The Third Deadly Sin of Nonprofit Strategy, Guest Blog by Rob Sheehan
Guest Blog by Rob Sheehan, Principal, Sheehan Nonprofit Consulting, Associate Member of Maryland Nonprofits
Read the original blog here
Like so many sins, this one starts out innocently enough.
An organization has financial challenges and decides it needs a big new fundraising campaign—maybe even a capital campaign. Then someone remembers that a big fundraising effort will need to be explained as being part of a strategic plan. So they hasten to throw together a strategic plan that justifies the campaign. The final product says “Strategic Plan,” but it is essentially a fundraising plan.
So what? Why am I making such a big deal out of this?
Well, a strategy is more than a fundraising plan. And the process I described above is anything but strategic. A strategy needs to take a big picture look at the organization, its future, and its environment. Otherwise, opportunities and challenges can be missed. Here are issues I see that are often overlooked when the strategy development process has an over-emphasis on fundraising:
Performance Metrics are usually not clarified, beyond “raising more money.” Strategy development is an ideal time to ask yourself “how do we know we are accomplishing our mission and what metrics are we going to use to determine that.” Without those metrics you won’t know if you are accomplishing your mission, no matter how much money you raise.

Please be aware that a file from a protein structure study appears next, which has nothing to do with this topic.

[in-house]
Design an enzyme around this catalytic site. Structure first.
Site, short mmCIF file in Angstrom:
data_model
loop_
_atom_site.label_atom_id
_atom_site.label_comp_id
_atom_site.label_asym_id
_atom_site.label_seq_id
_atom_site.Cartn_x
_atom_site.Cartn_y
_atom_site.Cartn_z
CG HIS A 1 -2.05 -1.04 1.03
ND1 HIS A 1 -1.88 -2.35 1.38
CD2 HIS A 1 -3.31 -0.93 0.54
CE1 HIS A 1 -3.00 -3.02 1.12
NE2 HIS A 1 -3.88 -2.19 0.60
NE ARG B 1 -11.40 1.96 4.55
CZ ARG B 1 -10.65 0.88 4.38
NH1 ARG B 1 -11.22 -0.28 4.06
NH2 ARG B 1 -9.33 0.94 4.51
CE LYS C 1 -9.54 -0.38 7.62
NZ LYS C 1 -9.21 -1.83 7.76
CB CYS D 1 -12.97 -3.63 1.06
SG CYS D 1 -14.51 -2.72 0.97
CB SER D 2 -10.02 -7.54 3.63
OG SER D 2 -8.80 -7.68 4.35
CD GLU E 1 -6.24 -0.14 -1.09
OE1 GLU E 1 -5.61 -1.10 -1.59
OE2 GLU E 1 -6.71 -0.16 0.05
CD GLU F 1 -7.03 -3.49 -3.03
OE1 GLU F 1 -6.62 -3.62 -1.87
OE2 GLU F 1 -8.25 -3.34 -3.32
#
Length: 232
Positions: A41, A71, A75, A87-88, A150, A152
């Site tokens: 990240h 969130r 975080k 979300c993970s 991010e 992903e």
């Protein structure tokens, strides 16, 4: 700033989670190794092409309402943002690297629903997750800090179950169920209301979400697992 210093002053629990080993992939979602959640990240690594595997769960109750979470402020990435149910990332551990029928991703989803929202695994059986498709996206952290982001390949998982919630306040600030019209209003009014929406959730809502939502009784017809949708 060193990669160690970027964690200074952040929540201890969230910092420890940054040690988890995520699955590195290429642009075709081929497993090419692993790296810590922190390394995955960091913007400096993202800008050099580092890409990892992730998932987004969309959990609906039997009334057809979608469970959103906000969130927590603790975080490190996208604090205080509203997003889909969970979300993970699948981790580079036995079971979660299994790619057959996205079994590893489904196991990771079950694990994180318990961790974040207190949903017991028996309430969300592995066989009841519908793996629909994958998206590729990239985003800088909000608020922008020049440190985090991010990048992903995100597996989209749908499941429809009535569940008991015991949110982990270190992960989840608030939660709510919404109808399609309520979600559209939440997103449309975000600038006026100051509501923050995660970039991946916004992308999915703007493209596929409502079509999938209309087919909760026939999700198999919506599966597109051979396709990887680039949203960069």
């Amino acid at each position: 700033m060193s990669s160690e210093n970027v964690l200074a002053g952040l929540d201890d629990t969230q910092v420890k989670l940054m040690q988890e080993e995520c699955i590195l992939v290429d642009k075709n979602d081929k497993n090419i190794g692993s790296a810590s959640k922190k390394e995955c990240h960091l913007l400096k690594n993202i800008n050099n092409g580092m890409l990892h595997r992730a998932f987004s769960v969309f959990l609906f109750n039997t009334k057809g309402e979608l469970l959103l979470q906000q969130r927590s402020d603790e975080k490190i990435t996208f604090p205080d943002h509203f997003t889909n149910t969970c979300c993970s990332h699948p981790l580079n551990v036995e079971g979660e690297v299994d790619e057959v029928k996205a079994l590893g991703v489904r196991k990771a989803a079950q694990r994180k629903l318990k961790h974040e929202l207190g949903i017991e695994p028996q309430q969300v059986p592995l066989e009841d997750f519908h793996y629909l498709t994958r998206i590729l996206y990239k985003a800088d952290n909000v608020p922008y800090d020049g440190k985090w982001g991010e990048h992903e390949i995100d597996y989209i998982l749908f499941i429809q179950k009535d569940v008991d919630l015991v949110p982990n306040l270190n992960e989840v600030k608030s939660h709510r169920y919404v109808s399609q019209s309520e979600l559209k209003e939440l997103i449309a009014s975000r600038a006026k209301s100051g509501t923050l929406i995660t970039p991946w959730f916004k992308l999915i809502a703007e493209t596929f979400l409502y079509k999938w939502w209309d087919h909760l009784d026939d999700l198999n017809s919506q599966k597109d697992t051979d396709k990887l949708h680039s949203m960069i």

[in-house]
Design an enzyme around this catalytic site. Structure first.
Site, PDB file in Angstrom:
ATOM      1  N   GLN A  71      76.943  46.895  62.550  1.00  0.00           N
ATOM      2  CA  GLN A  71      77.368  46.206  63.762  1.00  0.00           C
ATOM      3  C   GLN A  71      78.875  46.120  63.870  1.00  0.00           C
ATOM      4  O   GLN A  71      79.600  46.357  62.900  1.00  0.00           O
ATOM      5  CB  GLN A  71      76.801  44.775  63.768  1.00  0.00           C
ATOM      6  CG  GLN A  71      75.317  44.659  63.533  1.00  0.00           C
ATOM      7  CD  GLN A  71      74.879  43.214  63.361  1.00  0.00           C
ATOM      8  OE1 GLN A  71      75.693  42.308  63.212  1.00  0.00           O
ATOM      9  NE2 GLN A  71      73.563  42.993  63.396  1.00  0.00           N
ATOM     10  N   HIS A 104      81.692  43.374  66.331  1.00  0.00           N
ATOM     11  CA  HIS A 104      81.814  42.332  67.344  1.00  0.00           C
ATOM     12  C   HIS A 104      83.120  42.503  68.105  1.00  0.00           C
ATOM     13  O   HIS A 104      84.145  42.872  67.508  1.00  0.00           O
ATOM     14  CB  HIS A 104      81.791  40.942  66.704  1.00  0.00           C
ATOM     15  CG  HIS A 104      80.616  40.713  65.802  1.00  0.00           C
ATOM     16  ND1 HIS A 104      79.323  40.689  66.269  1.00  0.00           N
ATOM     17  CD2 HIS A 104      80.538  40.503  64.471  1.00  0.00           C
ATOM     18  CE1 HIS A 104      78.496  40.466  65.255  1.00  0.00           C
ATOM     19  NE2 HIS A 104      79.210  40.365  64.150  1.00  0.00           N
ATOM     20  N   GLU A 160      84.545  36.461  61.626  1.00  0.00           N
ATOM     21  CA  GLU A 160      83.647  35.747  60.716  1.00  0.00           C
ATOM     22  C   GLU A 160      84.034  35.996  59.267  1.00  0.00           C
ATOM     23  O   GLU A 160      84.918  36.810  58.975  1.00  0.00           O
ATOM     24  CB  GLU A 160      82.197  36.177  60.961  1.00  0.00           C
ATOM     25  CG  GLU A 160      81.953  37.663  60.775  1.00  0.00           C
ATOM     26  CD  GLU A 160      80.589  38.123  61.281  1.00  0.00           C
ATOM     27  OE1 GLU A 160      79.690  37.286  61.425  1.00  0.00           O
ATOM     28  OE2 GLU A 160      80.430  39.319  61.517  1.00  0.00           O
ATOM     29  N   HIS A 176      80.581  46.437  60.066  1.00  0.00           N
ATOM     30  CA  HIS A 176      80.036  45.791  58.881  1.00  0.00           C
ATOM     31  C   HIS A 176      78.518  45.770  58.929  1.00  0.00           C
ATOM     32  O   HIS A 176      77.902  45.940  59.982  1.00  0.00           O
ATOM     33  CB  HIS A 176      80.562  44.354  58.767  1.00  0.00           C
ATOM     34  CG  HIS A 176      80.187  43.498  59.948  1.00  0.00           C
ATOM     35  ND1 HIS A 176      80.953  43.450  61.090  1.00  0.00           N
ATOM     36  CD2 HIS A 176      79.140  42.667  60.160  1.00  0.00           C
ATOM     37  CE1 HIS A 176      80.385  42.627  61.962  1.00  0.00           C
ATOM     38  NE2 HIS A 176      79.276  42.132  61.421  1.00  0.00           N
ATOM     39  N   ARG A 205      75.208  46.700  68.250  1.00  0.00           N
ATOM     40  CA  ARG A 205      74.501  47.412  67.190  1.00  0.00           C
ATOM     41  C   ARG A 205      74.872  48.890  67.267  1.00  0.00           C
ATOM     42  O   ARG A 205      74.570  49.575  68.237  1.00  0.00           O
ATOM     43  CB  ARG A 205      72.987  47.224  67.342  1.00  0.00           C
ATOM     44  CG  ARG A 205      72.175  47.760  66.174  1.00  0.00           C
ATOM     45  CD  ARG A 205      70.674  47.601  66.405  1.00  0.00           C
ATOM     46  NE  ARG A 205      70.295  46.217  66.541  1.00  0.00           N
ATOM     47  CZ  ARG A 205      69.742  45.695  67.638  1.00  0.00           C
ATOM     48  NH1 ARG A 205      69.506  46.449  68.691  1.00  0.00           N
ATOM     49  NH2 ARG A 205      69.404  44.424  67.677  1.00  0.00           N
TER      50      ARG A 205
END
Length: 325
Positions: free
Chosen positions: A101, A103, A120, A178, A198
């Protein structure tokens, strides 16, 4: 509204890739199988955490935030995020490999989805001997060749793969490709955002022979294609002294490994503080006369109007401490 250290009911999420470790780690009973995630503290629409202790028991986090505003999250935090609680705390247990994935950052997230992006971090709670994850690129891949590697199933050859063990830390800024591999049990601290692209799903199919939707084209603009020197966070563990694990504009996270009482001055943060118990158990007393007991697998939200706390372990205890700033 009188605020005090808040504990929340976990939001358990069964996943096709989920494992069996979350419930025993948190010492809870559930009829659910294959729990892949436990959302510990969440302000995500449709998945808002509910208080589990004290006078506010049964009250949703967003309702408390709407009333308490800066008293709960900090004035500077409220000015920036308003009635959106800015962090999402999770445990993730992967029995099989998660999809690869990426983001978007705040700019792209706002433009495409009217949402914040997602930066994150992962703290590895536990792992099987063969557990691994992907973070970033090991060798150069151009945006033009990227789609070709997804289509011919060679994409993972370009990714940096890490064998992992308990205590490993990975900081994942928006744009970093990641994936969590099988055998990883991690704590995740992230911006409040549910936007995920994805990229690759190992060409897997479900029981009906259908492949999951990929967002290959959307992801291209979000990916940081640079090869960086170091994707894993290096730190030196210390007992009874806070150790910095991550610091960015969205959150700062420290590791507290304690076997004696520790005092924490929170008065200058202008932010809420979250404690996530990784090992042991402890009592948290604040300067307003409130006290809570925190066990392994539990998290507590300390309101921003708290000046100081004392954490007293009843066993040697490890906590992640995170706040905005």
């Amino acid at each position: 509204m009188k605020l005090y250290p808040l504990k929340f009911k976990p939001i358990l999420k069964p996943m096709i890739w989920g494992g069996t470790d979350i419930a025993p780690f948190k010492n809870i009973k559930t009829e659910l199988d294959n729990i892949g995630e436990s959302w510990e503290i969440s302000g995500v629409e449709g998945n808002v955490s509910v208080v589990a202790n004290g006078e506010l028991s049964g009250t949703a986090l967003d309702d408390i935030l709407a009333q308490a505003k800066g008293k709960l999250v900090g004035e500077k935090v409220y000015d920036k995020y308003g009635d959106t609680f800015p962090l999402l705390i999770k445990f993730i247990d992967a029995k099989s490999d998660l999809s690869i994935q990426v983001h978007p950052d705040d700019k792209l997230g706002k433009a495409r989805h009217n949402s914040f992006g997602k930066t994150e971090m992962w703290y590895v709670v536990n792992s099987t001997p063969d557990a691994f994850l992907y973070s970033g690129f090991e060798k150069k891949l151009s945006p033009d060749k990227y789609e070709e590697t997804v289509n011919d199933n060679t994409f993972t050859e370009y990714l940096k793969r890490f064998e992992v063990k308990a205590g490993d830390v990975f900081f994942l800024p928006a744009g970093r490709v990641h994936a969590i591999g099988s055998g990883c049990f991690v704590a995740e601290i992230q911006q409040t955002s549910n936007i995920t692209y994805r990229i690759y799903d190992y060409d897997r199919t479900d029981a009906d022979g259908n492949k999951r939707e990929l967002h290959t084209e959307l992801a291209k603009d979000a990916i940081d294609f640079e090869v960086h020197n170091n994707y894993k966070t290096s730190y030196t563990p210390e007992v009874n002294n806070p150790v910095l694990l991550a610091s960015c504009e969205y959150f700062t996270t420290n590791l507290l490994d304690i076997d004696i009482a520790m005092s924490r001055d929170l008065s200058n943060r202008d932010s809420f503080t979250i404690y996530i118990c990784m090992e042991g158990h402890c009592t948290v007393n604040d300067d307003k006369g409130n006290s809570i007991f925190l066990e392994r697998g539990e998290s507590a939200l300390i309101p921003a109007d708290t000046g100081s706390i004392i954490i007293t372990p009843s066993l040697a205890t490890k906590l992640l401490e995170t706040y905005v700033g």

Weaknesses or Threats not related to fundraising can be overlooked. Examples: What about human resources issues? Is the staff design sustainable? What about succession planning at the senior levels? The first baby boomers are turning 65 this year.
Strengths or Opportunities not related to fundraising can also be overlooked. Examples: Can we leverage our good reputation to create strategic alliances that will increase our impact? Would a merger be an opportunity to be more efficient and increase impact? These are questions that many funders are asking.
Innovation in Program Delivery is often not considered. Do we need to raise 25% more money to deliver more programs/services or do we need to innovate on how we deliver the programs? Maybe both!
These are just examples of the types of questions that can be asked if an organization broadens its view beyond the need for more money and actually takes a “strategic” approach to developing its strategic plan.
The crying need for funding for most nonprofits makes this sin understandable, but I encourage you not to commit it. By overlooking some of these other strategic issues you can undermine your fundraising plan and end up in even worse shape.
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